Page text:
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Guest BeaverDriver

Just out of curiosity (especially Kurt), has anyone tried replacing the Carenado ITT gauge with the default Caravan gauge, just to see what would happen? Might be worth a go in terms of isolating exactly where the problem lies (with the gauge or in the aircraft.cfg file)! I've got to get to work (some real airplanes need fixing - damn :(), so if anyone here has the where-with-all to give that a try please do so and let us know what you find (if the ITT gauge doesn't do anything, try the TRQ gauge after you put the original ITT gauge back)

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I have some spare time today, I'll be playing with the ITT value and see if I can find the correct value. I'll use the takeoff power chart to get it.Anyway, the ITT is just a visual problem, I guess, as it doesn't affect the torque produced. It's all a matter of torque or drag, but I'm more prone to the drag, as the takeoff roll and climb are ok.Glen, I can't understand one thing: how can the induced drag affect the high speed cruise? And wasn't the rule that Di=(sqCl / 3.14 x A) x (p SqV S) / 2? The sentence you wrote seems to mean the opposite. But it's been a while since the ATPL, I should take a read at my book again to refresh laugh.gif It's true that induced drag plays a role in total drag, though, but at high speed it's the parasite drag to play a major role. Induced drag is caused by the high coefficient of lift, so with a high angle of attack at slow speed (clean and slow, strong wingtip vortices, etc): I think if you're going to alter that value it will take forever to land, and it will have an instant vertical speed at takeoff. As it is now that seems fine, I played at some short field, about the length of the required take off roll, to see if I could barely make it, and in fact I could take off at the very end of the runway, and having the correct climbout with a slow increase of speed after airborne. What do you think?I'll report later if I can find a useful number for the ITT (oh, and fuel flow, too)CheersP.S. For the flaps, they have their own value of drag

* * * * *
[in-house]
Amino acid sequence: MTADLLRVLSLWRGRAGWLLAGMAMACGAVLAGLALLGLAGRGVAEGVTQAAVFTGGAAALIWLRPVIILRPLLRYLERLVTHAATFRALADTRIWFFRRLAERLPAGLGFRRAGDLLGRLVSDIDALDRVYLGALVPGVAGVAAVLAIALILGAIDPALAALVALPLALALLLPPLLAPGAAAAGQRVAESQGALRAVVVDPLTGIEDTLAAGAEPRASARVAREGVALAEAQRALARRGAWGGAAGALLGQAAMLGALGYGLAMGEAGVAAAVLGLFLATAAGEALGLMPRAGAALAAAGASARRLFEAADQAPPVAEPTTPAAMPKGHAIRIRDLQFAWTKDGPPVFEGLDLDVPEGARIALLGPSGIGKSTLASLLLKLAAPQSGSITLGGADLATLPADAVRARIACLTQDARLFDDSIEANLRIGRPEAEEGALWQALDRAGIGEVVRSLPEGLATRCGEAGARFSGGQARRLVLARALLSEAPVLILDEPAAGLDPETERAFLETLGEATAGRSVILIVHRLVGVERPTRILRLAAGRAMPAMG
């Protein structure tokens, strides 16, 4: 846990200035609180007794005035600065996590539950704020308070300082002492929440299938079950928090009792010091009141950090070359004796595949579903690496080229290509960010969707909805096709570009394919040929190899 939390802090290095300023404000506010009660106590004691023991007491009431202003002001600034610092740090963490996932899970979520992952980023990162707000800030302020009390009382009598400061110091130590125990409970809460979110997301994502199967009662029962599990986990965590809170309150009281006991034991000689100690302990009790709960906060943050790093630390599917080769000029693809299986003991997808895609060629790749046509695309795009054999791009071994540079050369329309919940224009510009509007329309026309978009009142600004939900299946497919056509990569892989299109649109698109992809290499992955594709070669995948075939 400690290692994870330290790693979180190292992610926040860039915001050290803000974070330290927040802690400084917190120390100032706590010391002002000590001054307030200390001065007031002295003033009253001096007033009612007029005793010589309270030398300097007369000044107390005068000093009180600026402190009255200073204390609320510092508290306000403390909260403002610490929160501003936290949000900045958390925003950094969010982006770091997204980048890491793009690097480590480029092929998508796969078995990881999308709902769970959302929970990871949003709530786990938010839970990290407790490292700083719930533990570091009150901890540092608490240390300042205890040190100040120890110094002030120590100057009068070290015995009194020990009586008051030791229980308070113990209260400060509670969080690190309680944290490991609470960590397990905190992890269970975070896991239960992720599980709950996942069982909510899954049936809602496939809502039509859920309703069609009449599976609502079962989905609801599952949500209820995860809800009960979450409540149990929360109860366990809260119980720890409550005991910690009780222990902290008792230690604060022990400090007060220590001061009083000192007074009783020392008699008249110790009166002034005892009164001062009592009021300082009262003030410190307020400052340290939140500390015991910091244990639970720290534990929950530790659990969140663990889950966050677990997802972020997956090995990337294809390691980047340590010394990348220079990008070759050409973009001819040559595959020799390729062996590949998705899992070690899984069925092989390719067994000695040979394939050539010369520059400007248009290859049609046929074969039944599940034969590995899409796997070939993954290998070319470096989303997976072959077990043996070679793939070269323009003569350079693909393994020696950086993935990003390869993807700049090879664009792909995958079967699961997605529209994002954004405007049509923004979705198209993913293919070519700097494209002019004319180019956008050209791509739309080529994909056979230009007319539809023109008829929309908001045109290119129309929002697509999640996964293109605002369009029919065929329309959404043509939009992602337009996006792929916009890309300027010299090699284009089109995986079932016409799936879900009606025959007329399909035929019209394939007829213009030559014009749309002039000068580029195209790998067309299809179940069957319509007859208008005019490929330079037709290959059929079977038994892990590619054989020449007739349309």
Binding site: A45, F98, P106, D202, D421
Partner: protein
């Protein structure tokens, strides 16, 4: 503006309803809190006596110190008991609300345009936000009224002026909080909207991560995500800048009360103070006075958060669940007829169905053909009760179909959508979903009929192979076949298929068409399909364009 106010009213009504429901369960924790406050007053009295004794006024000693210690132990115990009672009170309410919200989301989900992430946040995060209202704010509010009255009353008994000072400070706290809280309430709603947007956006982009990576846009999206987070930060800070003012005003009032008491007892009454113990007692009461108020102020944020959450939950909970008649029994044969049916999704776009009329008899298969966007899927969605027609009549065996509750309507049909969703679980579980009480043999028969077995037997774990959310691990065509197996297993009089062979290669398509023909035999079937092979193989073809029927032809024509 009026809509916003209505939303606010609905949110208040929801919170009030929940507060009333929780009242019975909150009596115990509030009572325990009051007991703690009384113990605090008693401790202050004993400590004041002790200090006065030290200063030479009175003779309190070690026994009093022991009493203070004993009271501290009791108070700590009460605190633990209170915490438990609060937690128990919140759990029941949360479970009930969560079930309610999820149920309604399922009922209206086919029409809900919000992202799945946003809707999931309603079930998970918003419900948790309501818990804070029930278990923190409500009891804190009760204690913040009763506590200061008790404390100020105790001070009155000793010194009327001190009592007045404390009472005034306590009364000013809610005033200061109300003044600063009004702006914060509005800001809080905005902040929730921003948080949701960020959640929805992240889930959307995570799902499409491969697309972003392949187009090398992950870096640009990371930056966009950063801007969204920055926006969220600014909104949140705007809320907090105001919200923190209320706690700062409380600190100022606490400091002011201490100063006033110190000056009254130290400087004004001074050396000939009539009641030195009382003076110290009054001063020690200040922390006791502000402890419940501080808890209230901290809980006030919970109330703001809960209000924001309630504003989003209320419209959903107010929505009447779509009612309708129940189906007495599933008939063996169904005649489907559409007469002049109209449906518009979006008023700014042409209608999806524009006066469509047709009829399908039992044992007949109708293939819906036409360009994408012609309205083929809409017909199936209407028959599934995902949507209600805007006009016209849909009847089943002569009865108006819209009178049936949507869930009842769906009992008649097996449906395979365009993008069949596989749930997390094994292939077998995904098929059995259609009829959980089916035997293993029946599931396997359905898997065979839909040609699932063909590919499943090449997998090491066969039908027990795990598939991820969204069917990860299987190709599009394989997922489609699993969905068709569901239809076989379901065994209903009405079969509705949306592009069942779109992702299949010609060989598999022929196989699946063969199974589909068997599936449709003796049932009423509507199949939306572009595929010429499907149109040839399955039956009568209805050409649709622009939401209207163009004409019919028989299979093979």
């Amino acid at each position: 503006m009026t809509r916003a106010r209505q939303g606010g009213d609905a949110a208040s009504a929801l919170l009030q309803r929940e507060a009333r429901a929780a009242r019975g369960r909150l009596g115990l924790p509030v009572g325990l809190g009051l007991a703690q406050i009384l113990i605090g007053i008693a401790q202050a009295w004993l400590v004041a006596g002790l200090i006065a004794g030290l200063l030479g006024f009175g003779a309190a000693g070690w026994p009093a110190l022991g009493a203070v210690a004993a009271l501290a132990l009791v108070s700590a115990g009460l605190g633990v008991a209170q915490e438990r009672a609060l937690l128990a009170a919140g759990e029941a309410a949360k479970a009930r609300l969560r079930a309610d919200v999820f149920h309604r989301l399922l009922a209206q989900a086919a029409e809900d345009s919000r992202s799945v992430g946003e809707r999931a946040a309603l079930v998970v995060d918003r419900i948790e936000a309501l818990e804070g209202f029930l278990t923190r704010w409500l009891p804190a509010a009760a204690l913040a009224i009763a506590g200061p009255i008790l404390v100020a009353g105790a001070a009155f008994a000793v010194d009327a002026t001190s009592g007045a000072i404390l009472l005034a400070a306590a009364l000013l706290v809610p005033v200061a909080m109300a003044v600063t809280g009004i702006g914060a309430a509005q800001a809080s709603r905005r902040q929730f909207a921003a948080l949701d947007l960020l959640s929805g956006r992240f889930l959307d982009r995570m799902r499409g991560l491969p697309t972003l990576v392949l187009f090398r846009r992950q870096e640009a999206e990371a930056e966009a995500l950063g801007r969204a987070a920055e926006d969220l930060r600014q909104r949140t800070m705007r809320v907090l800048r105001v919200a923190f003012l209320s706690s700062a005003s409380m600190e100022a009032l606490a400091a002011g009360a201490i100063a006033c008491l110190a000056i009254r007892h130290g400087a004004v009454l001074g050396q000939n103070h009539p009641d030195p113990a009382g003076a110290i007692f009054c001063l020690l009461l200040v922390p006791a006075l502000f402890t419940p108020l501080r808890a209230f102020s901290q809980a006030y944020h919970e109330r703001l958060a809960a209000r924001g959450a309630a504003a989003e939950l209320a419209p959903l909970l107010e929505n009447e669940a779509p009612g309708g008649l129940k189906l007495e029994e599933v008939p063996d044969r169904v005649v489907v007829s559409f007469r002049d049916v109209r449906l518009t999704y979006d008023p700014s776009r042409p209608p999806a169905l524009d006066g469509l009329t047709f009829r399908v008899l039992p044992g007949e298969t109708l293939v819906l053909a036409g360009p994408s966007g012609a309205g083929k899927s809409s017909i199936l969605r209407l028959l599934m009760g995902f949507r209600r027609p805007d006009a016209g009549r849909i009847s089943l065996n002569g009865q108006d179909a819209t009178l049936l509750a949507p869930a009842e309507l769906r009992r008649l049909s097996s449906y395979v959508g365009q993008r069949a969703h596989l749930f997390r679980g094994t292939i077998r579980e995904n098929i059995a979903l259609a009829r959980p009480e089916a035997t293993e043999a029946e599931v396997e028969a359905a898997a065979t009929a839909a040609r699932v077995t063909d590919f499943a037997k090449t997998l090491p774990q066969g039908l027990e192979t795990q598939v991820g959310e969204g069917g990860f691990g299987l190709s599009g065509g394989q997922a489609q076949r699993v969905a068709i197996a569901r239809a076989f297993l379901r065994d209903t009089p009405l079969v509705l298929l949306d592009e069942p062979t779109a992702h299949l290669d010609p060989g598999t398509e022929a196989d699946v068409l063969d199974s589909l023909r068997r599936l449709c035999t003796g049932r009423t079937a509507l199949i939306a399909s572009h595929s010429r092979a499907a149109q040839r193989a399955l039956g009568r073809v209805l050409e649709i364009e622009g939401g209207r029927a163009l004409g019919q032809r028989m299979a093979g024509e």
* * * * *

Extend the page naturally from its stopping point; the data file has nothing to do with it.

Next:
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Federico,I disagree with you about ITT; the ITT limitations absolutely get in the way of achieving torque targets here, even at moderate temperatures where ITT should not be a factor.As I tweak this, I've set:[turboprop_engine]power_scalar = 1.31What this does is produce more torque at a lower ITT. In my testing last night, I was able to set 1865 ft/lbs pretty easily at takeoff and at the altitudes where you should be able to, while ITT stayed within limits. This will need to be adjusted, but now it's at least possible to get the engine to the TQ limits without exceeding ITT limits.

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Ok, good to know, but what about the cruise speed? Without adjusting the drag, and by adusting the power scalar, did you notice any difference or what?

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Federico,You do get a bump in speed, but not enough to get us all the way there. I'm getting better success with a combination of the power scalar and both drag scalars.My most recent test had me a bit short of the goal of 163 KIAS (168 KTAS) at 2,000 feet.One of the things I found in developing a baseline yesterday was that when comparing the sim TQ with the book TQ at various altitudes, the engine produced too little power at low altitude and too much power at high altitudes, but was pretty close at six thousand, eight thousand, and ten thousand feet. The overall average of book to sim TQ ratios was near 1.0. Speeds were low across the board.

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Just saying thanks to all you guys trying to fix this issue.
hear, hear....thanks